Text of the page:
Before we take a look at this comic book event let me tell you a little bit about the current me. I am 42, and I have been reading comics since I was 10. I have an affinity for the Marvel Universe and truly have a love for its fictional inhabitants. I have not read comics all my life, as I have about a 10 year gap where other life events took priority—like getting married, establishing a secure (as secure as one could be these days) financial foundation and having children. But you have to have a little fun for yourself so I returned to the bliss of comics and again immersed myself in the Marvel Universe where I lived out much of my geeky childhood. I am no professional writer and this is a fun attempt at talking about one of the things I love to do, reading comics! Thanks to Joe (@jcmilone) for the opportunity to submit an article to the

Now on to the “early death of everything” with some of my thoughts and insights inserted along the way…

Spoilers will be touched on going forwards, nothing I think that would ruin the reading of the comics for yourself though.

The set up: “Beings from Beyond” see fit to bring to an end Marvel’s version of the cosmos with what is dubbed an Incursion Event, or a series of Incursion Events. This coming catastrophe has been known about for quite a while by the mainline Marvel Universe’s A-list brainiacs and eventually the knowledge of the coming end is unleashed on the population of Earth as Captain America stood against the Illuminati, as covered in the Avengers and New Avengers storyline “Time Runs Out” and is further chronicled in the “Last Days” books, part of the Secret Wars event. These Incursions Events occur across the known and unknown Marvel Multiverse (no, DC doesn’t own the rights to that word—I am as surprised as you are).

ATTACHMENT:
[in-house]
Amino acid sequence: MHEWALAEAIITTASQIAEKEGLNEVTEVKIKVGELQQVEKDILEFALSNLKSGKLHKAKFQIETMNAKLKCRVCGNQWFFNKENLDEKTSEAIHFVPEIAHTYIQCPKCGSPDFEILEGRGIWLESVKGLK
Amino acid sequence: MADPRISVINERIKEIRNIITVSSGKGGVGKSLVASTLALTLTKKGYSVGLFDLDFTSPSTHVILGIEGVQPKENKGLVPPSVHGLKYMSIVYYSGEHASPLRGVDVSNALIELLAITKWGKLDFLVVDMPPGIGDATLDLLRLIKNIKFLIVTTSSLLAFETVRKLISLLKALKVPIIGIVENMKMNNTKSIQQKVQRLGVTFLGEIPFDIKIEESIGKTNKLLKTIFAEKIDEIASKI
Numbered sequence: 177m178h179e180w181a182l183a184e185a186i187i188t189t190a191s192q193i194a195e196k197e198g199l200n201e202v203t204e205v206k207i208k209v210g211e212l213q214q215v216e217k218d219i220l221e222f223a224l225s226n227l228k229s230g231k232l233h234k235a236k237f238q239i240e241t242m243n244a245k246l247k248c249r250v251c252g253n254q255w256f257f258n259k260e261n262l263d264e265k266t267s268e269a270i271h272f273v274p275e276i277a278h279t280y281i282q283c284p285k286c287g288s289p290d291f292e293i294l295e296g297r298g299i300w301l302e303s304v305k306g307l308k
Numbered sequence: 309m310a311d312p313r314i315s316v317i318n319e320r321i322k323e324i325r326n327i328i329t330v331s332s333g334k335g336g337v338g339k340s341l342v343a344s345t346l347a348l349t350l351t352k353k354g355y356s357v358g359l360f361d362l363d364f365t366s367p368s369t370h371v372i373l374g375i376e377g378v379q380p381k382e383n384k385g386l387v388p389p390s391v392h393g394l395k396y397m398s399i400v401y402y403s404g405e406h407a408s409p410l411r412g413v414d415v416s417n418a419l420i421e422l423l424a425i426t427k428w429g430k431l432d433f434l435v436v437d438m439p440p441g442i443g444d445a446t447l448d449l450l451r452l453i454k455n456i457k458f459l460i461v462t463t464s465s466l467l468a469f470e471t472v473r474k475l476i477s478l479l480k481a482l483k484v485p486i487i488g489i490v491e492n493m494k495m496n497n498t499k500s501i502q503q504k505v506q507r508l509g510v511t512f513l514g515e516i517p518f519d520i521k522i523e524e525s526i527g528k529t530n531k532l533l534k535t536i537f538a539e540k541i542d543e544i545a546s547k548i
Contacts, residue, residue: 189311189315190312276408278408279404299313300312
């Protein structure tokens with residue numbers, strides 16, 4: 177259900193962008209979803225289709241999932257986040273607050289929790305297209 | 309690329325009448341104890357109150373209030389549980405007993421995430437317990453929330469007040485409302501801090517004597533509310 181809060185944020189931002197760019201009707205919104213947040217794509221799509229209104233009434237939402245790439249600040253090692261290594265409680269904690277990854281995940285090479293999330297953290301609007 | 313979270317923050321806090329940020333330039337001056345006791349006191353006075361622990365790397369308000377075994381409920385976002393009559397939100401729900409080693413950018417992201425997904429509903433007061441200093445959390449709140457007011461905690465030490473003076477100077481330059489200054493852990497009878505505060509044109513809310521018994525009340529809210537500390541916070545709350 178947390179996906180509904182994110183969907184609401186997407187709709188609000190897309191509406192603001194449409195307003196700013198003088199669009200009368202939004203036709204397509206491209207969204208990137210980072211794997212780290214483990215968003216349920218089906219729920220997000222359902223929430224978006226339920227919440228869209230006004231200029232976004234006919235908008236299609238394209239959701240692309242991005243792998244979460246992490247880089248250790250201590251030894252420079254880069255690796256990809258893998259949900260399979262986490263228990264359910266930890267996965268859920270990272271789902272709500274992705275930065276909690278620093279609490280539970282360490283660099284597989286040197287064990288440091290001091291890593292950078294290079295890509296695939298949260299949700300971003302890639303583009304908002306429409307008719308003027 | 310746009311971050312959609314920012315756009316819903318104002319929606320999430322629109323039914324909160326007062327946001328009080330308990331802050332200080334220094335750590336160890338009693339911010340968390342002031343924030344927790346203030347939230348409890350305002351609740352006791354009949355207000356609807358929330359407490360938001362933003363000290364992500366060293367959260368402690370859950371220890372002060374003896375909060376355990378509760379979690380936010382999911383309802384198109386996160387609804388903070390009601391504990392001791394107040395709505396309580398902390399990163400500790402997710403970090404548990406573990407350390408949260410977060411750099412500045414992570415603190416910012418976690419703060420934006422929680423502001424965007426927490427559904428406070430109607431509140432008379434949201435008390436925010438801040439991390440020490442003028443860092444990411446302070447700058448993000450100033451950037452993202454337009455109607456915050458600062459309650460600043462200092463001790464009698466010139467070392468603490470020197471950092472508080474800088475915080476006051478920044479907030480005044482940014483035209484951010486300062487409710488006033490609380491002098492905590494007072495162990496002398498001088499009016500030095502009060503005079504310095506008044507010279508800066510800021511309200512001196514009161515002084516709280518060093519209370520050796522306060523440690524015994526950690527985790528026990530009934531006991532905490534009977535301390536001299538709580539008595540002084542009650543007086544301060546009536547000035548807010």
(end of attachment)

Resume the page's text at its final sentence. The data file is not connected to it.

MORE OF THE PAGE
Combined, textless cover art from Avengers #38 and New Avengers #28, part of the "Time Runs Out" storyline.

Combined, textless cover art from Avengers #38 and New Avengers #28, part of the “Time Runs Out” storyline.

The collision of worlds, seemingly destroying all realities, takes place… then there is DOOM… and at Doctor Doom’s side is Doctor Strange, and together they save the world. They create Battleworld, and Doom becomes its unnatural GOD because Strange does not want the position. Doom has the power but it is Sherriff Strange who maintains the rule of law, God-Doom’s law. It’s also worth noting that the Molecule Man—a pivotal character in the original Secret Wars—was a key factor in the end of all the universes, but I am unclear of the details but this is also linked to the Beings from Beyond.

Now there is only Battleworld, a planet amalgamated from other Earths, a planet that the sun revolves around and a planet where figuring out how much time has elapsed since the Incursion Event seems impossible. The Secret Wars event is divided into two categories—there are the Warzones, which tell stories of the various domains; and then there is Battleworld, which deals more with the planet’s framework and system of justice.